BOSTON — One was a fitness enthusiast who helped the wounded after the Boston Marathon bombings and planned to run the race himself this year. The other was a father of three young children who had firefighting in his blood.The smoke from a wind-whipped fire had dissipated Thursday, but a palpable sad-ness hung over the city as tributes poured in for Michael Kennedy and Edward Walsh, the two firefighters who died after becoming trapped in a basement in a brownstone apartment building.The cause of Wednesday’s fire, which also sent more than a dozen other firefighters and several police officers to hos-pitals, was unknown. Steve MacDonald, a fire department spokesman, said a conclusion could be months away.Outside Engine 33/Ladder 15, the station where Walsh and Kennedy worked, people stopped to pay their respects, some crying, others praying. Flowers were draped on the fire alarm outside the brick building and piles of bouquets accumulated.Firefighters continued their work.“Life goes on,” Dennis Costin said as alarms went off at the station. “It’s all we can do.”Kennedy, 33, joined the U.S. Marine Corps in 2001 and was on active duty for six years, including a deployment to Iraq, before joining the fire department in 2007.In April, he was among the first responders to the twin bombings at the Boston Marathon finish line, just a few blocks from the station.“He was devastated by it. He told us about helping to hold someone together, someone with bad injuries,” said Shelley White, the general manager of Personalized Fitness, a health and wellness center where Kennedy also worked as a coach in the CrossFit Together program.Kennedy wrote an essay to earn a spot in the marathon this year and had been training with other firefighters planning to run in the April 21 race, said Gov. Deval Patrick, who was among those who stopped by the station Thursday.Walsh, whose three chil-dren are all younger than 10, was a devoted family man who was physically imposing yet reserved, friends said.“He wasn’t one of these rah-rah guys, but he just had a presence about him,” said John Tobin, a Northeastern University administrator who lives a few streets from Walsh’s family in the city’s West Roxbury neighborhood.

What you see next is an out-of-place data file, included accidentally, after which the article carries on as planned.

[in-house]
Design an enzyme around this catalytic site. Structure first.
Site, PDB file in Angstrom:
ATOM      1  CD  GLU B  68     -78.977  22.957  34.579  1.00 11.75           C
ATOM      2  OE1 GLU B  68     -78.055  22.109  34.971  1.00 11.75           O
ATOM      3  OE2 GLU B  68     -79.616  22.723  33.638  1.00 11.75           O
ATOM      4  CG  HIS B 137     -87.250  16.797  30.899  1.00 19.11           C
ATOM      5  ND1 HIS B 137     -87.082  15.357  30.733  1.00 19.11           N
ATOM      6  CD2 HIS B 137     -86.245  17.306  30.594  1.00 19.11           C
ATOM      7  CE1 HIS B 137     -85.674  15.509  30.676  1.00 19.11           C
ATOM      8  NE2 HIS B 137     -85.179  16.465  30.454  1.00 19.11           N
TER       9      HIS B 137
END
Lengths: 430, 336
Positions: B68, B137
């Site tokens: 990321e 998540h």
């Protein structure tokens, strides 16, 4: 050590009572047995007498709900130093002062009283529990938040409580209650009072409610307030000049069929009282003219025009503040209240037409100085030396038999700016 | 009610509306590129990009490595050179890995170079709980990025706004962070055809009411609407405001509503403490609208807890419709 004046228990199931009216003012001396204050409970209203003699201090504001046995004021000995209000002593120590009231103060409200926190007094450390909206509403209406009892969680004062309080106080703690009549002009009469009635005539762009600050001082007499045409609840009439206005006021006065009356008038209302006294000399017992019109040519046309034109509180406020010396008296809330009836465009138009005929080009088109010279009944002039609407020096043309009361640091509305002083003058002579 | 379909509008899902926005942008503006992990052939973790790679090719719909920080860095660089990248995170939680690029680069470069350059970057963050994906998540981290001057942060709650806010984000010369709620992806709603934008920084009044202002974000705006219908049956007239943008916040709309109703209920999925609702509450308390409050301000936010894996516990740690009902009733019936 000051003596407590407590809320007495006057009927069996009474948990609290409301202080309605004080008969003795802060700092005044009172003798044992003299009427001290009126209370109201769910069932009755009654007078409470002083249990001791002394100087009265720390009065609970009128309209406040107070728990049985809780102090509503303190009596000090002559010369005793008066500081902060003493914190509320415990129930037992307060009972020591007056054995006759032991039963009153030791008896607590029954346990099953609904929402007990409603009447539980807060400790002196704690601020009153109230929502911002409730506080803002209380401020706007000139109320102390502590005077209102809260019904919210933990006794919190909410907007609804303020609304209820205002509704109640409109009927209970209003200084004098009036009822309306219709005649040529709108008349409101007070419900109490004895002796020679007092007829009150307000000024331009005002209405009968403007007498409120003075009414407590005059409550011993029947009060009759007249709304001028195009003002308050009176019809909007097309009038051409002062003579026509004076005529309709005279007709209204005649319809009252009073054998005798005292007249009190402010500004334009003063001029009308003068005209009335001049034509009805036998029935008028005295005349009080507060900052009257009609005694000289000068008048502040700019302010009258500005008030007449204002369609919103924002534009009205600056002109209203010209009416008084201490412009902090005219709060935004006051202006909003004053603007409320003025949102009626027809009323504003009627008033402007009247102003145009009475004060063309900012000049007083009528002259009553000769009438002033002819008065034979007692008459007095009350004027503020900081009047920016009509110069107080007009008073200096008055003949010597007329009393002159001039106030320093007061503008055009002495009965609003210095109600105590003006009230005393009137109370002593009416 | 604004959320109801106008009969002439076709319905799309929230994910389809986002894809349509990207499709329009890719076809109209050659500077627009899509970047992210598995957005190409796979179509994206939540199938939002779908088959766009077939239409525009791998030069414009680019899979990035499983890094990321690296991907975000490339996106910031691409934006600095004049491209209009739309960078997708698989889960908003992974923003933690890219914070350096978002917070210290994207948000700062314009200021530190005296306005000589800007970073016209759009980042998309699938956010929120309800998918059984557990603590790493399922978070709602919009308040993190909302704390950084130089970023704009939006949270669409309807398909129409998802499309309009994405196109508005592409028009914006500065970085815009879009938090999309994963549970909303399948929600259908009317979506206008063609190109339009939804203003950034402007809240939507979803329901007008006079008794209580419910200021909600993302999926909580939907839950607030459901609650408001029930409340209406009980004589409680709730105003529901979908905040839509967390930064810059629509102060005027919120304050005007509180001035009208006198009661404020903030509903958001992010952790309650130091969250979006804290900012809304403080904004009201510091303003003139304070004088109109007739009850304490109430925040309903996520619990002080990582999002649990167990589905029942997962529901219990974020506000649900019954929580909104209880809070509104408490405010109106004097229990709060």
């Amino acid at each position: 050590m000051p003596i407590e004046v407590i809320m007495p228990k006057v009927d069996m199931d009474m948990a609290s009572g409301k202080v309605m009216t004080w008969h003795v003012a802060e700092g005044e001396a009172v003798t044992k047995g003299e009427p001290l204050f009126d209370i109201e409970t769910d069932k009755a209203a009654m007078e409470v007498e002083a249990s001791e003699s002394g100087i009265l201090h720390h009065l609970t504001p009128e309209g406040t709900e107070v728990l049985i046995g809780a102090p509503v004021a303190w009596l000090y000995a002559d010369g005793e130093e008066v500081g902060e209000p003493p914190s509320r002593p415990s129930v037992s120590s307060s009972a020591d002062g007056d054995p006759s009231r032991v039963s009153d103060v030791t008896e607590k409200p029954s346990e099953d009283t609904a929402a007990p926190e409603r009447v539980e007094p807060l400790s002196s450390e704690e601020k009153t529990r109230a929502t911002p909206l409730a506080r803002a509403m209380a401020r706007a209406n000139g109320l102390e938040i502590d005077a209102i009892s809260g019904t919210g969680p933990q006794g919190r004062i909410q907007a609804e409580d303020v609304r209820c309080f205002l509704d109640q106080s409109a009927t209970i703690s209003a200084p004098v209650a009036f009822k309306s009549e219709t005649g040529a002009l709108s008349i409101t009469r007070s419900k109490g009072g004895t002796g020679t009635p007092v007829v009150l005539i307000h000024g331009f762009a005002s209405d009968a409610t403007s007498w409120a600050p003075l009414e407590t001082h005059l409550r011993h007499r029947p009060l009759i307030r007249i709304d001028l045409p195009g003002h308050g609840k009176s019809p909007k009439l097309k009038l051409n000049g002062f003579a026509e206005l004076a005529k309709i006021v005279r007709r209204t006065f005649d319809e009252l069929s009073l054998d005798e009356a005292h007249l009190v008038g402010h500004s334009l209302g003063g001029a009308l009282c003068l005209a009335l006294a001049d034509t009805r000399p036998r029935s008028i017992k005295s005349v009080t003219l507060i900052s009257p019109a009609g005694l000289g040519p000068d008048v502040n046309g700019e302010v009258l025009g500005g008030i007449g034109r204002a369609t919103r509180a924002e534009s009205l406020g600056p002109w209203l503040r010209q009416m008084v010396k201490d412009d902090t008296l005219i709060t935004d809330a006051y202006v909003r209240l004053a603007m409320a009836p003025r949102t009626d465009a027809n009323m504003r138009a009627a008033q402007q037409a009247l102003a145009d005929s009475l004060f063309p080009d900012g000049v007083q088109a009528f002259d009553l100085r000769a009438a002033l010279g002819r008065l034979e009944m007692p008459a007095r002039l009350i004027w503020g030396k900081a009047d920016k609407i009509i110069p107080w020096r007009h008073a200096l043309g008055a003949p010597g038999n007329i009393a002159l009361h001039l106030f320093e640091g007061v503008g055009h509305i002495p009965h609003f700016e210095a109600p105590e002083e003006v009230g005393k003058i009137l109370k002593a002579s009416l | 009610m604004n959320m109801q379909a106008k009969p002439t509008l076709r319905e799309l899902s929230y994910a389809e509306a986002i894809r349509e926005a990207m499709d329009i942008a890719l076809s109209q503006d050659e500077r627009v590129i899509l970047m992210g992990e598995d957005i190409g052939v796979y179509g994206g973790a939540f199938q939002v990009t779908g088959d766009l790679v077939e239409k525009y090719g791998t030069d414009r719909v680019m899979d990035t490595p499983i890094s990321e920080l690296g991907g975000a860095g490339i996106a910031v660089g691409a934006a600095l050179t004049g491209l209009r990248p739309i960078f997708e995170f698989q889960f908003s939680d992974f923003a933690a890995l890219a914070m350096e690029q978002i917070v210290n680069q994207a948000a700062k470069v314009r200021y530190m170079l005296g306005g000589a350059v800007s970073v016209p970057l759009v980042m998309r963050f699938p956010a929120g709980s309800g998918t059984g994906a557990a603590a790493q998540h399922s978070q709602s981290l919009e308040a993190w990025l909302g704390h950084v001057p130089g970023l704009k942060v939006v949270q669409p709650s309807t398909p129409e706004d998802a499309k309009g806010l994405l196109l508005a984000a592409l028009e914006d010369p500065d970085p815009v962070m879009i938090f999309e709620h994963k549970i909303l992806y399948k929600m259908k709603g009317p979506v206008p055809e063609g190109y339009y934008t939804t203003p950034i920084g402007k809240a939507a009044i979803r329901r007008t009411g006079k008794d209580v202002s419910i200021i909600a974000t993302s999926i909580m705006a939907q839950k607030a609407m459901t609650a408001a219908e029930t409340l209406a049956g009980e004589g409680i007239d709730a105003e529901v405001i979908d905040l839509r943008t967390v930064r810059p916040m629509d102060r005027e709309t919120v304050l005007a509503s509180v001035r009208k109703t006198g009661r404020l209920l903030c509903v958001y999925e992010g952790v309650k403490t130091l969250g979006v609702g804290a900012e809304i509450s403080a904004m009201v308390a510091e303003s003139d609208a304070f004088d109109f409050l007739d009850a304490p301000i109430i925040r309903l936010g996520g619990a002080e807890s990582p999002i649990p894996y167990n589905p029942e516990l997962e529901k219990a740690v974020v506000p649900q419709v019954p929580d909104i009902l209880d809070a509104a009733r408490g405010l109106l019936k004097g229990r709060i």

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Friday, March 28, 2014 The Herald 3
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B
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Answer to Puzzle
Bluffton to stage Pulitzer Prize-winning musical
Information submitted
BLUFFTON — Tickets are on sale for Bluffton University’s May Day-weekend production of the musical comedy “How to Succeed in Business Without Really Trying.”Dr. Melissa Friesen, a professor and chair of communication and theatre at Bluffton, will direct the show, to be staged May 1-3 in Founders Hall. Dr. Crystal Sellers Battle, an assistant professor of music, is music director/conductor. Curtain time is 7:30 p.m. nightly; tickets, $13 for reserved seats and $5 for general-admission bleacher seats, are available online at http://tick-ets.bluffton.edu or, beginning Tuesday, from 2-4 p.m. weekdays at the Sommer Center box office.In the 1962 Pulitzer Prize-winning show, ambitious young J. Pierrepont Finch makes his way from lowly win-dow washer to corporate executive by consulting the handbook “How to Succeed in Business Without Really Trying.” Through infectious music and clever dialogue, the musical satirizes nepotism, yes-men, gender stereotypes in the workplace and power-hungry corporate climbers.The cast of more than 20 includes Eliot Nofziger, a senior from Archbold, as Finch and Amanda Bartel, a sopho-more from Iowa City, Iowa, as the female lead, Rosemary.Lydia Speicher, a Bluffton senior from Marysville, is the stage manager for the show. Mervin Schrock is techni-cal director and the costume designer is Joan Bauer. Cathy Stratford is the accompanist.
Triathlon to be held in Bluffton
 Information submitted